1. This has been so since ancient times, partly due to the geology of the area, which is mostly limestone and sandstone, with few deposits of metallic ore and other useful materials Ancient demands for obsidian (a black volcanic rock useful for making mirrors and tools) led to trade with Armenia to the north, while jade for cutting tools was broughtfrom Turkistan, and the precious stone lapis lazuli was imported from Afghanistan.
2. Records show merchant caravans and trading posts set up by the Sumerians in the surrounding mountains and deserts of Persia and Arabia, where they traded grain for raw materials, such as timber and stones, as well as for metals and gems.
3. In these shops differences of rank were blurred as artisans and masters labored side by side in the same modest establishment, were usually members of the same guild and religious sect, lived in the same neighborhoods, and often had assumed (or real) kinshiprelationships.
4. The growth of independent guilds was furthered by the fact that surplus was not a result of domestic craft production but resulted primarily from international trading; the government left working people to govern themselves, much as shepherds of tribal confederacies were left alone by their leaders.
5. In the multiplicity of small-scale local egalitarian or quasi-egalitarian organizations for fellowship, worship, and production that flourished in this laissez-faire environment, individuals could interact with one another within a community of harmony and ideological equality, following their own popularly elected leaders and governing themselves by shared consensus while minimizing distinctions of wealth and power.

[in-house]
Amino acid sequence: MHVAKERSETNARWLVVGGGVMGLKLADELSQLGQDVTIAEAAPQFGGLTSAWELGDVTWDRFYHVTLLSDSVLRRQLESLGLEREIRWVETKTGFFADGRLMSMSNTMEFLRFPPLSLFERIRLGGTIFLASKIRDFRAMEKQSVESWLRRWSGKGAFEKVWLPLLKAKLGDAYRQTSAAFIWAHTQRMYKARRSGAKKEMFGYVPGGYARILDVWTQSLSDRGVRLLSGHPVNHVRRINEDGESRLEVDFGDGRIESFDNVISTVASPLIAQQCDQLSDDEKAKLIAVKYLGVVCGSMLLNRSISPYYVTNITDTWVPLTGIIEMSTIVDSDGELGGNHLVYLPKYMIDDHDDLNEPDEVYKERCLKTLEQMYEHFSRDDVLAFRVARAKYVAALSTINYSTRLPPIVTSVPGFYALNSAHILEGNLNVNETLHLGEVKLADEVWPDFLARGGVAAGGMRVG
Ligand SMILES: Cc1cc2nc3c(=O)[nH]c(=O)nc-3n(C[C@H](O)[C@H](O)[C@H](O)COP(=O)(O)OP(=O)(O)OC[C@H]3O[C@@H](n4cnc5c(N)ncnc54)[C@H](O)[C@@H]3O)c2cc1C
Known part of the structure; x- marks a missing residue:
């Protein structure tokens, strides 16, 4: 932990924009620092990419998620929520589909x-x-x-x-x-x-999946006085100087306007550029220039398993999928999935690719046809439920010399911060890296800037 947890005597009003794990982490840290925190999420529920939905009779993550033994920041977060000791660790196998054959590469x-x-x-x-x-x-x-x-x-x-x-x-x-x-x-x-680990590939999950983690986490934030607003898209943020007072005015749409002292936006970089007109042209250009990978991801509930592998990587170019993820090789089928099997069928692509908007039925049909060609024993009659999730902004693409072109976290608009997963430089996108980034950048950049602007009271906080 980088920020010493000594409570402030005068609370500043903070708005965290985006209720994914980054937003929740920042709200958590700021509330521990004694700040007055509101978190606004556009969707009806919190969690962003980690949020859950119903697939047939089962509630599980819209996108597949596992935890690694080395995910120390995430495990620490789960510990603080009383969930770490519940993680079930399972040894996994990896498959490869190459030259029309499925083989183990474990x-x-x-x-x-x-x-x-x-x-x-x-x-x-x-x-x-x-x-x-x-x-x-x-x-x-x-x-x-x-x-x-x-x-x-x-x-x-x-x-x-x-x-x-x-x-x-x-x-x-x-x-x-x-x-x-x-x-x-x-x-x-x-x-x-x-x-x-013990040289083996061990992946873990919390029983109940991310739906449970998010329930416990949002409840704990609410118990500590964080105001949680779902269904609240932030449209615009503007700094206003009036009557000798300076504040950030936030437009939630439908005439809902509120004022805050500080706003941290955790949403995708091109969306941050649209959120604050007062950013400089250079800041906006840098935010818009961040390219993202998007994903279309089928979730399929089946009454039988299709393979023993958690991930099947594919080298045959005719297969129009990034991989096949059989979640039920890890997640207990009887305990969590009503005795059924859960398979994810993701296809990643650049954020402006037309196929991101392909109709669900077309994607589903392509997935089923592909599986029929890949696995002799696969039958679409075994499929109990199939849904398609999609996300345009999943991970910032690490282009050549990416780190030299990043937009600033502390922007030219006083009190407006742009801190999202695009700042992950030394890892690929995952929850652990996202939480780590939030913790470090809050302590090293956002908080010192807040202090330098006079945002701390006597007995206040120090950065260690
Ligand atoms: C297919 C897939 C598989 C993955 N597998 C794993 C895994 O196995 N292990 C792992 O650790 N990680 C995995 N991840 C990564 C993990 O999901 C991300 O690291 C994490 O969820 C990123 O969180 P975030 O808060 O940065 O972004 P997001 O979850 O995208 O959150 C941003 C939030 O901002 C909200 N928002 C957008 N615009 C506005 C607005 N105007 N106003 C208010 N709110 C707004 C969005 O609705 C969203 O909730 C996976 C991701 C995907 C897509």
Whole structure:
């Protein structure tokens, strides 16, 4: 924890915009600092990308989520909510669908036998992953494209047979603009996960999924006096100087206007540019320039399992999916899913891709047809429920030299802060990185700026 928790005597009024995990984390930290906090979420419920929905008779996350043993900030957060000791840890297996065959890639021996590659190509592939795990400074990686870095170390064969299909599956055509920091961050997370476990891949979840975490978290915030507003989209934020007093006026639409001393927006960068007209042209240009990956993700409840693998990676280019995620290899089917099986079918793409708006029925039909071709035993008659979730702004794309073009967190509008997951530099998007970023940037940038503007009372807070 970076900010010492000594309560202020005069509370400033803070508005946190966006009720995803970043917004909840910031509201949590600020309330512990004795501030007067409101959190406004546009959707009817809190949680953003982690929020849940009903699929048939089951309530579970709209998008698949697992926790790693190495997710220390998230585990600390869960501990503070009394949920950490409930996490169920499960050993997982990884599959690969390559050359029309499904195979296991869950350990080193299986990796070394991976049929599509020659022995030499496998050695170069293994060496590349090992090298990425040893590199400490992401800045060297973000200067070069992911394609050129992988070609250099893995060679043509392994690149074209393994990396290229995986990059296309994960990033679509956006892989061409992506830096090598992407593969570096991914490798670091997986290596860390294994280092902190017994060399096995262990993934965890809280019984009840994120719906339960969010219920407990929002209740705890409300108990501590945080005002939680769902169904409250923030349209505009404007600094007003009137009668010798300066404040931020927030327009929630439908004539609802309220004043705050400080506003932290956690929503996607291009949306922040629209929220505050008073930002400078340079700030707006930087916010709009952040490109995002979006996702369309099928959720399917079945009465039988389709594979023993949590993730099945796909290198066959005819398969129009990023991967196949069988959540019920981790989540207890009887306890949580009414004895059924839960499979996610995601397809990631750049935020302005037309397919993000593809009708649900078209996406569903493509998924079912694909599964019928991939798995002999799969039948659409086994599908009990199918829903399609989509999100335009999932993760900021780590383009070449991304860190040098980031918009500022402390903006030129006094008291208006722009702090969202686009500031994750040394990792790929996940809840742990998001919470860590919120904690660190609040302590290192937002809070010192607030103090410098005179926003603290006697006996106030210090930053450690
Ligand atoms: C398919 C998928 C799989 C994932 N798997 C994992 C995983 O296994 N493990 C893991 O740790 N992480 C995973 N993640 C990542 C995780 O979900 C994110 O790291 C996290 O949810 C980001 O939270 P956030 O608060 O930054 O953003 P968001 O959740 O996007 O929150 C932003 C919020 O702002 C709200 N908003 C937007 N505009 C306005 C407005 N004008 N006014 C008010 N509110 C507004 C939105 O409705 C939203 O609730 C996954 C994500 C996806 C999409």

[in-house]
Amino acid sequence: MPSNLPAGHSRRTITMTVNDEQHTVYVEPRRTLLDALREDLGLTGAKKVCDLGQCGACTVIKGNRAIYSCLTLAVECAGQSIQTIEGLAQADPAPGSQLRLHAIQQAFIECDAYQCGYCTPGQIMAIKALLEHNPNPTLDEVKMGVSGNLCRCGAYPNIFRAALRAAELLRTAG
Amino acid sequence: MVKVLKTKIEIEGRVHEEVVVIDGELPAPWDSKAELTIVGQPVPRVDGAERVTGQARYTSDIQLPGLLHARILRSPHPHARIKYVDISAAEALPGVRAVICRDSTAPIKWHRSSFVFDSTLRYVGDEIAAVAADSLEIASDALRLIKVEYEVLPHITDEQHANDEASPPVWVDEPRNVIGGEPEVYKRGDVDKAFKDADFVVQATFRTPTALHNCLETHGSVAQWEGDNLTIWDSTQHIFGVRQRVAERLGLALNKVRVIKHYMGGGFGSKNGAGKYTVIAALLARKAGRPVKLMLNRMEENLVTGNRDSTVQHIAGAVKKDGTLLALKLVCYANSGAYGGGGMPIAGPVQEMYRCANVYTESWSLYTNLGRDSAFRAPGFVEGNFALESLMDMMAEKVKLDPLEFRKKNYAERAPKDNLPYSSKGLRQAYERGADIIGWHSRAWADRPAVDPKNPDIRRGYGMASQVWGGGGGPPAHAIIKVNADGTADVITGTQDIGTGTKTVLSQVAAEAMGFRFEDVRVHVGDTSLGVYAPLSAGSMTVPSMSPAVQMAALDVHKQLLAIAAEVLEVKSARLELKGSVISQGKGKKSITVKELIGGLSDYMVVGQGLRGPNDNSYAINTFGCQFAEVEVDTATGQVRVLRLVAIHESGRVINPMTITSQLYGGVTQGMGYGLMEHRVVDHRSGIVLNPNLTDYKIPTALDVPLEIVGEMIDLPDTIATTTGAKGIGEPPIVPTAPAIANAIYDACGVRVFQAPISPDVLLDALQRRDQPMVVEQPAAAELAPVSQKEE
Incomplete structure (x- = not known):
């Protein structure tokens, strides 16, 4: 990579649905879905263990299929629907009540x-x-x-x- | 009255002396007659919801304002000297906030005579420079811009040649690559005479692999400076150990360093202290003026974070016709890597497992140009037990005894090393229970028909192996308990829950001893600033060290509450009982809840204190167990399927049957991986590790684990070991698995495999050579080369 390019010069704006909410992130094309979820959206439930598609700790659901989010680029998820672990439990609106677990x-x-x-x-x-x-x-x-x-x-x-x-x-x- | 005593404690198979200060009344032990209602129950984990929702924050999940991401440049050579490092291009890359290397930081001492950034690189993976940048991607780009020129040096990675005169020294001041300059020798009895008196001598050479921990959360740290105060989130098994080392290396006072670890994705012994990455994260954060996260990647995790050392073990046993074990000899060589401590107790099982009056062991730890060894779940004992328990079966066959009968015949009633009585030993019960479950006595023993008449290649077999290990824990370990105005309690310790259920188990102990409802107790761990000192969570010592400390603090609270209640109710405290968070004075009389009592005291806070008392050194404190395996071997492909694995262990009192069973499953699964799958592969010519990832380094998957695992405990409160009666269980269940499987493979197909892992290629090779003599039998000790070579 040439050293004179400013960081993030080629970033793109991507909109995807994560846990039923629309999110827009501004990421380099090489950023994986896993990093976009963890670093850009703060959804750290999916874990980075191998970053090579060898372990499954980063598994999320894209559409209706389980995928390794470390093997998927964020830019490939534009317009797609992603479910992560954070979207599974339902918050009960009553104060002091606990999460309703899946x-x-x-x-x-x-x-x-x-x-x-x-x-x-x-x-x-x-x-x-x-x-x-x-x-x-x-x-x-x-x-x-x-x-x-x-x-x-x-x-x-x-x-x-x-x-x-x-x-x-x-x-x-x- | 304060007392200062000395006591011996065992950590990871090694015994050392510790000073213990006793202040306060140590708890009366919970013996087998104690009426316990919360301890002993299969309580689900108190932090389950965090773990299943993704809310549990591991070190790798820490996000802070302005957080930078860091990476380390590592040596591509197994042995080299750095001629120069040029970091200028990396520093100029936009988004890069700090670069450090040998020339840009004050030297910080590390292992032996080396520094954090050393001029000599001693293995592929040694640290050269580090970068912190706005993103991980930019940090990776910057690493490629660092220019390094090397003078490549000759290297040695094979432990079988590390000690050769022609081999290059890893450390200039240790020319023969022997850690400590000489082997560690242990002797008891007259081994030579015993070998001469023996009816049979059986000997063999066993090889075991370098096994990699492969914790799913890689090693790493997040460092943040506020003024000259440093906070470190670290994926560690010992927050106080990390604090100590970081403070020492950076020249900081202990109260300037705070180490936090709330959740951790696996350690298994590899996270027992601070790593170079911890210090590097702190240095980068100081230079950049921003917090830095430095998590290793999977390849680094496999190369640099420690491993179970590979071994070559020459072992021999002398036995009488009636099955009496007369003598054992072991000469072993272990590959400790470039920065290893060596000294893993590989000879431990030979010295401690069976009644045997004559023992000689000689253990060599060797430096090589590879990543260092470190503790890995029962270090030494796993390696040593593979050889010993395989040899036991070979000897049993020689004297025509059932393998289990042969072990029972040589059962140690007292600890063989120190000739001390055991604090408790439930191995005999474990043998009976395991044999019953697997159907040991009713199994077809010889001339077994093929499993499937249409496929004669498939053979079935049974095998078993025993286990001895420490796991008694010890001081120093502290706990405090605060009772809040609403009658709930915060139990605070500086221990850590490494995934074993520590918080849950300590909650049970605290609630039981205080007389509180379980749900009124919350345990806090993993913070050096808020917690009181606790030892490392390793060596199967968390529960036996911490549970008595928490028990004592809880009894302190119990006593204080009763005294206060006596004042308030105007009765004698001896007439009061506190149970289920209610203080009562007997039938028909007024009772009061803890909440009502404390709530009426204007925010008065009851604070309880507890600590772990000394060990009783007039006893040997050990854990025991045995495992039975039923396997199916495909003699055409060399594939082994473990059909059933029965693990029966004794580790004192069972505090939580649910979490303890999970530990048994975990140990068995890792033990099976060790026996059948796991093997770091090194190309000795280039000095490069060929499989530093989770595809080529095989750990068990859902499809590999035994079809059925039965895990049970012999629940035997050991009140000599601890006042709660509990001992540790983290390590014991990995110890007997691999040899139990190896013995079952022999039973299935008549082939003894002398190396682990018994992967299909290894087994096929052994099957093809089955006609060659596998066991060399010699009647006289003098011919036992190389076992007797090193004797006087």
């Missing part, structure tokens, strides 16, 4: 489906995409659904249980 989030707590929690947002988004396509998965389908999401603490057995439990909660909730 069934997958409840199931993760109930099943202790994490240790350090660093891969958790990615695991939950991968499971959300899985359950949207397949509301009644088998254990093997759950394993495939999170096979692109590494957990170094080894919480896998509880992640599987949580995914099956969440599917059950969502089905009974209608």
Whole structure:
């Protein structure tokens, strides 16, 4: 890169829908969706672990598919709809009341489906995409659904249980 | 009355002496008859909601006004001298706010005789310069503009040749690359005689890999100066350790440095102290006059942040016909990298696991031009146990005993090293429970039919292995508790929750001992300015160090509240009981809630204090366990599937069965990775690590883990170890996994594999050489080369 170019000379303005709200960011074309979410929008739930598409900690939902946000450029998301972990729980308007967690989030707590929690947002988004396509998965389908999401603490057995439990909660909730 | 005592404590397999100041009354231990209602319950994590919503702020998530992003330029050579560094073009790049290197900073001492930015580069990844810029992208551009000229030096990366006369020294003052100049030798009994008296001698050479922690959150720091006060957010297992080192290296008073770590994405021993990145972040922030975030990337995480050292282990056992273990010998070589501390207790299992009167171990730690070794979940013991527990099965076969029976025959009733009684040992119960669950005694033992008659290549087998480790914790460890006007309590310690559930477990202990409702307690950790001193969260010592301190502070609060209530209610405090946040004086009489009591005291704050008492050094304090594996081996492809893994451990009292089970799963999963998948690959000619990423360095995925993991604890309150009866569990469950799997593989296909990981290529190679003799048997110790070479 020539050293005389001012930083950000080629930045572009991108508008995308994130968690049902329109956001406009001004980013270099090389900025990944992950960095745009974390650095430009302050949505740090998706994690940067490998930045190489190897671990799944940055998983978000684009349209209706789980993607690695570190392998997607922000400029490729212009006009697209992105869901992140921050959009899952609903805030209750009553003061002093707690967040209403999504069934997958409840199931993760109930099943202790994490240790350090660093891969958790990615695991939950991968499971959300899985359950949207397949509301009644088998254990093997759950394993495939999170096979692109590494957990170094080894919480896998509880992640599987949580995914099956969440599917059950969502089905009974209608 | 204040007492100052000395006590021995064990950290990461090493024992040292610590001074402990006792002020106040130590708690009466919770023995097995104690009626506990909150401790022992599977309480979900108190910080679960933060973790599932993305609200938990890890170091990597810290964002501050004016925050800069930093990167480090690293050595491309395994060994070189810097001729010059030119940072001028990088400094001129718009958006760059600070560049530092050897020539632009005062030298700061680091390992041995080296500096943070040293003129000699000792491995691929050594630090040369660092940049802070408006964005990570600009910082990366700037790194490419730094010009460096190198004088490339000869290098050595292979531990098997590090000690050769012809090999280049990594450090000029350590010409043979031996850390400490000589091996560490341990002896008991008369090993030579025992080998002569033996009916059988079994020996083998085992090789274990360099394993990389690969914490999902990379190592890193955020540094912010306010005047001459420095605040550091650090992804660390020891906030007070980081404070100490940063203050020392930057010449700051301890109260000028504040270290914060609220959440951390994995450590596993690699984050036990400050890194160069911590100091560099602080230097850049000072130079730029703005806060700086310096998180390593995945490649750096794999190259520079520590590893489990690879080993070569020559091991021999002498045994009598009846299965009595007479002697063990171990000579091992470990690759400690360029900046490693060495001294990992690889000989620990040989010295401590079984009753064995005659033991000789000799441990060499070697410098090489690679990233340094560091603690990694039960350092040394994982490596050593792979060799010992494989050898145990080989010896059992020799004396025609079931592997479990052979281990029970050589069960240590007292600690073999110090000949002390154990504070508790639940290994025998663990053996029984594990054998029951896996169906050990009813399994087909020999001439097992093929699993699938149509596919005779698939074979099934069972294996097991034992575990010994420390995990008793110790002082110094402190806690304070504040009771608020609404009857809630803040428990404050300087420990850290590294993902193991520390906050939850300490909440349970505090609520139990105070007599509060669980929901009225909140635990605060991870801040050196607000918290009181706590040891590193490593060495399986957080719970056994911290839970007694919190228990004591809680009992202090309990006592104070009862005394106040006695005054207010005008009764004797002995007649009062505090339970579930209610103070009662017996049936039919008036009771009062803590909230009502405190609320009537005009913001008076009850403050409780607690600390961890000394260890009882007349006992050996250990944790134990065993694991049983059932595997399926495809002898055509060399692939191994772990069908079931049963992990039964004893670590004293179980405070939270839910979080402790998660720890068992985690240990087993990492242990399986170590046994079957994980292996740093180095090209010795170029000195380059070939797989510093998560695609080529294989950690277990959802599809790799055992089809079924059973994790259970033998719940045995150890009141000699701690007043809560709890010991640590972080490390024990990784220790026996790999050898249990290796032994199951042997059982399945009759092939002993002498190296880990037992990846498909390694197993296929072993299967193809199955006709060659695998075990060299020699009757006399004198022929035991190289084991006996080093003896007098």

6. As among tribespeople, personal relationships and a careful weighing of character have always been crucial in a mercantile economy with little regulation, where one's word is one's bond and where informal ties of trust cement together an international trade network.
7. Nor have merchants and artisans ever had much tolerance for aristocratic professions of moral superiority, favoring instead an egalitarian ethic of the open market, where steady hard work, the loyalty of one's fellows, and ntrepreneurial skill make all the difference.
8. The central state, though often very rich and very populous, was intrinsically fragile, since the development of new international trade routes could undermine the monetarybase and erode state power, as occurred when European seafarers circumvented Middle Eastern merchants after Vasco da Gama's voyage around Africa in the late fifteenth century opened up a southern route.